Celebrity

Rejection is the new inspiration: just don’t let them see you sweat

I have not been rejected much in life. Ok. So, now you hate me or are intrigued by why and where is this going. See, I am considered smart, somewhat attractive, cunning, quick-witted, and fashionable.  Who else can rock a Betsey Johnson pink goth handbag? Also, I tend to excel at whatever I take on. I’m kind of a package. I say all this tongue in cheek, of course. To a point.  Just two days ago, while on a teleconference I was called out as the cat’s meow. I have been given to understand that is a good thing. Apparently, it is an old school way of noting I was a whole “it” package. I laughed and soaked in the compliment. As a woman who has studied the way women communicate, I knew better than to deny or minimize the rejection as many woman are want to do.

I have a good dose of self-confidence as well as being humble. Seriously, I am repeatedly called humble when I travel and meet with non-profit business partners or community members. Consequently, when I get that infrequent rejection, I really do not take it well internally. Outwardly, I put on a smile and keep on trucking.  My inner self, is wearing a cap that say “take this job and shove it.” Rejection is quite a bitter pill for me to swallow and I tend to engage in all sorts of fantasies to avenge myself of the rejector. I have never done so, as most of the rejections I have encountered were impersonal and, again, minimal. I actually, very quickly forget via an eventual externalization coping mechanism. If they don’t want me, they are surely exhibiting poor judgment, which in turn invalidates their decision-making process. See the wheels spinning?

Lately, however, rejection is all the rage. Or suffering from rejections, that is. And this trend has me thinking about what I may be missing. On CNN’s Fareed  Zacharia’s GPS segment on the youngest self-made female billionaire, he asked Sara Blakely what she attributes her success to. I waited with bated breath for her pithy answer (not really, I expected a sugary sweet abstract generic answer). She went on to explain that as a child, her father would ask her every week what had she failed at that week. He would then go on to high-five her. See, failing at something meant that you had tried. She took that as her life lesson going forward and went on to develop Spanx to hide women’s imperfections; or as she markets them: body shapers!. There is a sense of irony here, right? I admit I own two sets of Spanx underwear but I rarely use them as they cut off my circulation and as a result remind me of my bulging flaws. I don’t need to add to her bank account by feeling bad about myself.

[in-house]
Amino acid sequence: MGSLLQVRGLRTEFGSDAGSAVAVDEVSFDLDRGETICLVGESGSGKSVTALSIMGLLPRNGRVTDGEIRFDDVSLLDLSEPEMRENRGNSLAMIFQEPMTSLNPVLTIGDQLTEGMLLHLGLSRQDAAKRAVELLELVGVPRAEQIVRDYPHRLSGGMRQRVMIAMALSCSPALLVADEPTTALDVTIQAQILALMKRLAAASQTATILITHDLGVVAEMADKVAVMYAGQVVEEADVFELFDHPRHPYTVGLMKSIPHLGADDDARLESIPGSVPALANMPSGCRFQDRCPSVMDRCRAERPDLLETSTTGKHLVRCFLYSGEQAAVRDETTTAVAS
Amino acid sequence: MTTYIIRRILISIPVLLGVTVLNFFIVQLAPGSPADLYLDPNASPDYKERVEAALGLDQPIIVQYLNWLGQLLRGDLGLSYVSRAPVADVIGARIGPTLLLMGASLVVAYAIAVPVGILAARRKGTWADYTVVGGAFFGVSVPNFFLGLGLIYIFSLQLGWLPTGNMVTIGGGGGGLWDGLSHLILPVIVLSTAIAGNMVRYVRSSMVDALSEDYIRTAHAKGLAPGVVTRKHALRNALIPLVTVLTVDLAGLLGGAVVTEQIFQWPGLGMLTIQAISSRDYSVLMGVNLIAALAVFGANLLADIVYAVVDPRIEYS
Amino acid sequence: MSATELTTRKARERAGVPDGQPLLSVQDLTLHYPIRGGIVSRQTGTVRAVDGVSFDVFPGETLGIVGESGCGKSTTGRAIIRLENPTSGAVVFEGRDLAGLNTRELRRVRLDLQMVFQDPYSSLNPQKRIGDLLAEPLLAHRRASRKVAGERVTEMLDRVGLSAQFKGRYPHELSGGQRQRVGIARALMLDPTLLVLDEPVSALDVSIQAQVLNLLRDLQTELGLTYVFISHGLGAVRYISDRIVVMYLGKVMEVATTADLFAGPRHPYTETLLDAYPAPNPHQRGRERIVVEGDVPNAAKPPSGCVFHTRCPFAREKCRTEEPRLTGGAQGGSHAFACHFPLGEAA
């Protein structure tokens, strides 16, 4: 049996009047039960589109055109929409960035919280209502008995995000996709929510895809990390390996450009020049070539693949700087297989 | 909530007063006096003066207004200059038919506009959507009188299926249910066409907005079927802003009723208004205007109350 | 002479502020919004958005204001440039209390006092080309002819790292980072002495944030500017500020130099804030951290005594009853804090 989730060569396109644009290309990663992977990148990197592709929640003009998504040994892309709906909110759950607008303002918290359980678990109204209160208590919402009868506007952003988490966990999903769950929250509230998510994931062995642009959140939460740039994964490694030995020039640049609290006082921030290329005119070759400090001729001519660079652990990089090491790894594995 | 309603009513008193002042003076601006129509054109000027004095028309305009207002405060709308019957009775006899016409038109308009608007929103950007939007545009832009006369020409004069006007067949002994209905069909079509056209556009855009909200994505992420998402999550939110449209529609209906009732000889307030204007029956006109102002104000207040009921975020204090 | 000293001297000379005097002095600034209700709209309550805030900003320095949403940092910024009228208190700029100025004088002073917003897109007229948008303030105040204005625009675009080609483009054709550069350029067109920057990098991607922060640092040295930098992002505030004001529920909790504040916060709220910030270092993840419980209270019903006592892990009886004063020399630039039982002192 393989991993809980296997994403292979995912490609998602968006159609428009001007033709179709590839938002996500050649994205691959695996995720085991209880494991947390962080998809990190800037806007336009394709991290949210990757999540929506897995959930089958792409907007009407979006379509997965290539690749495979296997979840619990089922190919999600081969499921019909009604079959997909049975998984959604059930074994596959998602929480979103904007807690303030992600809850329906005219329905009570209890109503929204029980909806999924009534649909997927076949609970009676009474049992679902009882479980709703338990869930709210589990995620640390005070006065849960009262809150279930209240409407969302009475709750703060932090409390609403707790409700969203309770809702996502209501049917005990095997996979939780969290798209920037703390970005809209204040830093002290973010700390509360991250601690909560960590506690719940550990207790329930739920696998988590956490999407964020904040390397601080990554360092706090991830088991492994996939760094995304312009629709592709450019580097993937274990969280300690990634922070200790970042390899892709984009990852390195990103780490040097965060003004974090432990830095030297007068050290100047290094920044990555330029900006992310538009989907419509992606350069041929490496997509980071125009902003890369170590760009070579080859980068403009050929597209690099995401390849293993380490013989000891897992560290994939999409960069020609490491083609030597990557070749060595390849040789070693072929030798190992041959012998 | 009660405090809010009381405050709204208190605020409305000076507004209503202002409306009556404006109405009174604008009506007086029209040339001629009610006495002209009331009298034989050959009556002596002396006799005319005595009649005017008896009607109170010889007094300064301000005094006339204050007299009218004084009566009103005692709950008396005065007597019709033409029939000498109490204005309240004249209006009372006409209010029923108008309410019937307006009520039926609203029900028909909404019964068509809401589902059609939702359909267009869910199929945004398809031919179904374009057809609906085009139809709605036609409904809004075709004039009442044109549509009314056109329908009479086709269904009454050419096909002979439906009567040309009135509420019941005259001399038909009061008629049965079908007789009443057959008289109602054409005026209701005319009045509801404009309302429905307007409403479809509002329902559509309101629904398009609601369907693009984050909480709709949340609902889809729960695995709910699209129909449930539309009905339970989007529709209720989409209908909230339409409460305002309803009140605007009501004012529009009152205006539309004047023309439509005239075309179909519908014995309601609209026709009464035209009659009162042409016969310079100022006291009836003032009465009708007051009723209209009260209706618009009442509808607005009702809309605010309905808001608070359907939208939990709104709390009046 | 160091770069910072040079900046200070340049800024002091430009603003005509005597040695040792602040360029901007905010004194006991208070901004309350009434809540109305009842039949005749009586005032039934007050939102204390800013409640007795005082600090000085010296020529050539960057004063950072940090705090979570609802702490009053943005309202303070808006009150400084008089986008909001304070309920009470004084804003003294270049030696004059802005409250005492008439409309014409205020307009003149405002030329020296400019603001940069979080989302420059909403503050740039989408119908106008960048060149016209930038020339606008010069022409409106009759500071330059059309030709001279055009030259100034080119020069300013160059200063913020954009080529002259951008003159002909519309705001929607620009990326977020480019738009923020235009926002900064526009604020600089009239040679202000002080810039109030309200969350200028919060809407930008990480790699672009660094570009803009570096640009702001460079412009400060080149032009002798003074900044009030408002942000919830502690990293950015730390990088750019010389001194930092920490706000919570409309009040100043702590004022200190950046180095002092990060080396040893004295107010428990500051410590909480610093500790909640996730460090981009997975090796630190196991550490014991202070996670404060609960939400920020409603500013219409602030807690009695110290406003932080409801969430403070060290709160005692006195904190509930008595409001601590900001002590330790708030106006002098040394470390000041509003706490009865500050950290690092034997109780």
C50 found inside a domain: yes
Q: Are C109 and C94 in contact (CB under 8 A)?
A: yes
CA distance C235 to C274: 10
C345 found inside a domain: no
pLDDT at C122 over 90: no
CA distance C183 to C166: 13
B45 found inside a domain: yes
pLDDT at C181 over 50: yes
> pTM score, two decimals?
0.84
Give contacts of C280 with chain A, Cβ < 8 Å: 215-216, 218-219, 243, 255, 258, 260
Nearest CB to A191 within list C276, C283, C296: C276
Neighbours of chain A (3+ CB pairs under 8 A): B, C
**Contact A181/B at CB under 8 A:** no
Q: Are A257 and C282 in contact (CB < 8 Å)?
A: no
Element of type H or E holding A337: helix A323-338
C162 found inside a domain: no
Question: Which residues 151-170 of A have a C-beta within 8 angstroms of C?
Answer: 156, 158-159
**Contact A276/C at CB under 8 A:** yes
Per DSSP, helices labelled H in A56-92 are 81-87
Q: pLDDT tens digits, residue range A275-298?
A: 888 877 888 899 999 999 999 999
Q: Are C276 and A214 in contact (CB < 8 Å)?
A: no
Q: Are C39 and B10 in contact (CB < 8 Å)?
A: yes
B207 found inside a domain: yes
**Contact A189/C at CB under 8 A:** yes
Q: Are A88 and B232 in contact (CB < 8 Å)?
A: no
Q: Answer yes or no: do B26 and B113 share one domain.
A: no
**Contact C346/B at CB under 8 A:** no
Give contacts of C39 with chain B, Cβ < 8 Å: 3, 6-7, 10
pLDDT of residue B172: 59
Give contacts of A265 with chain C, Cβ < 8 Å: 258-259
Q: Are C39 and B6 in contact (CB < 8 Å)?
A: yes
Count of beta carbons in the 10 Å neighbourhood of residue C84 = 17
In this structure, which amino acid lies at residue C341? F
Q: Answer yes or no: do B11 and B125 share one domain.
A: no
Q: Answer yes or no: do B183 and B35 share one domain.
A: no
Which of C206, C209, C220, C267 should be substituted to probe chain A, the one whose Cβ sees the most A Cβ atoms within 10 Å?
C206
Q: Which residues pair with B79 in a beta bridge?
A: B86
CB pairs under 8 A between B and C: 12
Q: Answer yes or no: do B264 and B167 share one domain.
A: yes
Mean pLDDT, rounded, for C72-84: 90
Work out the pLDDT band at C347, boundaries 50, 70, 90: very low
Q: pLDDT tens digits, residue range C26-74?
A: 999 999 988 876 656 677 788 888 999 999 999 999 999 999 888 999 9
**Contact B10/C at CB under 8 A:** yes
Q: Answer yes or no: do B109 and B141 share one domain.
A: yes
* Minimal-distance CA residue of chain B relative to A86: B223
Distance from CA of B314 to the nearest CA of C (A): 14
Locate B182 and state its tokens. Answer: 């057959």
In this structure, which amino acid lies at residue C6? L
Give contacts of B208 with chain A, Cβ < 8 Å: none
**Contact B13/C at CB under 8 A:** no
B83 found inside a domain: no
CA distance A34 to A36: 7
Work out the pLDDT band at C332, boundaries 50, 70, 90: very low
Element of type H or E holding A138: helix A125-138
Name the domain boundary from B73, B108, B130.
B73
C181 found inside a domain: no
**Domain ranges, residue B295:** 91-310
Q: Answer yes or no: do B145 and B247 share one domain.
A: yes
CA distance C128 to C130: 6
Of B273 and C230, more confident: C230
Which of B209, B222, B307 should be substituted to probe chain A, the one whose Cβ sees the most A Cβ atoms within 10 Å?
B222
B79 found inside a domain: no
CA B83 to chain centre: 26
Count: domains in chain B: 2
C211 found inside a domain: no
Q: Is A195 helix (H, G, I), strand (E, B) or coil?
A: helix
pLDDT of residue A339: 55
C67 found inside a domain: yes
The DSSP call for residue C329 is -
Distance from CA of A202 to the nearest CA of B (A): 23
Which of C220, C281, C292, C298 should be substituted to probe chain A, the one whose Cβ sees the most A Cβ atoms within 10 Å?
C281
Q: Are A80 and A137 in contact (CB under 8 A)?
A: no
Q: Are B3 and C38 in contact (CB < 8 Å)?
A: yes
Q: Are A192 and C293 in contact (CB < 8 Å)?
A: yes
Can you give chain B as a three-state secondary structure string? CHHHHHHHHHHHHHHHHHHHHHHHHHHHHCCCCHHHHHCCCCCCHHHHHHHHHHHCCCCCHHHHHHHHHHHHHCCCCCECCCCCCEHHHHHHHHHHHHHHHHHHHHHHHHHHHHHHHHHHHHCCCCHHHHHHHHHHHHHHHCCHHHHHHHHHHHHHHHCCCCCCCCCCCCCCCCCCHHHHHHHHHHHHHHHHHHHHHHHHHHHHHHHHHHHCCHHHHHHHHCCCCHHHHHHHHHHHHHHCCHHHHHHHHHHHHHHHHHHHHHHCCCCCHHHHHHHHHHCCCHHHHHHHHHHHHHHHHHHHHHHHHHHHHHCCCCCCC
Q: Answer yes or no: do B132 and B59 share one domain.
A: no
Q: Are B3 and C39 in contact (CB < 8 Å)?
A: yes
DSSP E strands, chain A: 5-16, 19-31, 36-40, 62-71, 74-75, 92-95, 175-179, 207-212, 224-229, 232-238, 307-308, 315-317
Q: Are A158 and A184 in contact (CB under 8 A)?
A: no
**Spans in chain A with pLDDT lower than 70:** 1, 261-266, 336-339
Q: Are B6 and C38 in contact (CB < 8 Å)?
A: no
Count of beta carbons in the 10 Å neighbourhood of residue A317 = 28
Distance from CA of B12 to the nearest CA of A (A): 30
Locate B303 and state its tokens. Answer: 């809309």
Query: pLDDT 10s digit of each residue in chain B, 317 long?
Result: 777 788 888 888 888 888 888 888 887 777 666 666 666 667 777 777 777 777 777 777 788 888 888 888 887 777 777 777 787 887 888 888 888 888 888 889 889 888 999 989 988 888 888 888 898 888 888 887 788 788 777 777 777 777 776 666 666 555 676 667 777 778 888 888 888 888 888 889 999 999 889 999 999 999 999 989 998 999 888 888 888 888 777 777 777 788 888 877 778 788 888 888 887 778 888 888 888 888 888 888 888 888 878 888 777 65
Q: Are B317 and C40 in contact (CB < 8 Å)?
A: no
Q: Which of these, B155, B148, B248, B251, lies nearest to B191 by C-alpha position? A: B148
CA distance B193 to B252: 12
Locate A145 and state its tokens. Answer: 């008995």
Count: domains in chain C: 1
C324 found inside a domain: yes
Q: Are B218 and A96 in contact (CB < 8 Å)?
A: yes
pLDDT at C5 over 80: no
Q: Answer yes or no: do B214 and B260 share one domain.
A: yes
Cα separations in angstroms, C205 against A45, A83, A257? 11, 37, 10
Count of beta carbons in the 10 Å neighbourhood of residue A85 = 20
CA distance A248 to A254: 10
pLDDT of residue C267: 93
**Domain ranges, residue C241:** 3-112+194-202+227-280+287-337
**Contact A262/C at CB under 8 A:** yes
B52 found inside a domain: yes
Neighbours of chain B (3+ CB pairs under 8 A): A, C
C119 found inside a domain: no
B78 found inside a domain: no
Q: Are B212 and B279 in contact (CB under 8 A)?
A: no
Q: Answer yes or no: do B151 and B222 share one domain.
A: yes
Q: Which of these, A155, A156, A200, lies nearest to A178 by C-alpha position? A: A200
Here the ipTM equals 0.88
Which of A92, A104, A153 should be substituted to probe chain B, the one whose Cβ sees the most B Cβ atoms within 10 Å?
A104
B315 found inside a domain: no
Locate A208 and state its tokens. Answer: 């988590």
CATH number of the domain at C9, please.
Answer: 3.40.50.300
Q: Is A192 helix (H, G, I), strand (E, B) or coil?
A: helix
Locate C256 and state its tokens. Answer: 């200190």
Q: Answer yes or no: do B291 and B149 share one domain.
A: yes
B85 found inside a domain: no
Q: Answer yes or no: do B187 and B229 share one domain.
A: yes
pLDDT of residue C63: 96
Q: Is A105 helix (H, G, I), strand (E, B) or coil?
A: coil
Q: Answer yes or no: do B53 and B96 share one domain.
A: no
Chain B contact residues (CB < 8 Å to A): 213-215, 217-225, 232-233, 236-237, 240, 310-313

Now the rejection we are talking about is the rejection when you try something and don’t necessarily succeed. For example, you submit your latest article to various magazines and get rejected. You apply for a new job position and get the “we received so many applications from qualified individuals, it was hard to choose” letter. This type of rejection comes from trying and not discounting oneself from the outset. This type of rejection actually stems from confidence.  Many note that the best way to become a better writer is to submit one’s writings repeatedly to reviewers.  Look at J.K. Rowling’s experience. J.K Rowling was famously rejected by 12 publishers before Harry Potter and The Philosopher’s Stone was accepted by a smaller publishing firm. It would appear then that part of the rejection process is being able to learn from it and move forward.  If you get paralyzed by feedback, think twice about whether rejection is the right inspiration for you. Most assuredly, I would not recommend that you try this at home if you suffer from Kakorrhaphiophobia which is the acute fear of failure or defeat.  I don’t know the numbers of those afflicted with this phobia, but even a mild form of it might preclude some people from trying to go on Sarah Blakely’s path of rejection inspiration.

crazed rejection

Interestingly, there is psychological evidence that suggests that some of the same neural mechanisms that are part of the experience of physical pain may also be involved in the experience of pain associated with social separation or rejection. Meaning hurt feelings may actually signal physical pain (Panksepp, 1998) and vice versa. Thus, the same way treadmill machines have warnings on them that you should consult with a doctor first, consider that warning applicable to seeking out rejection.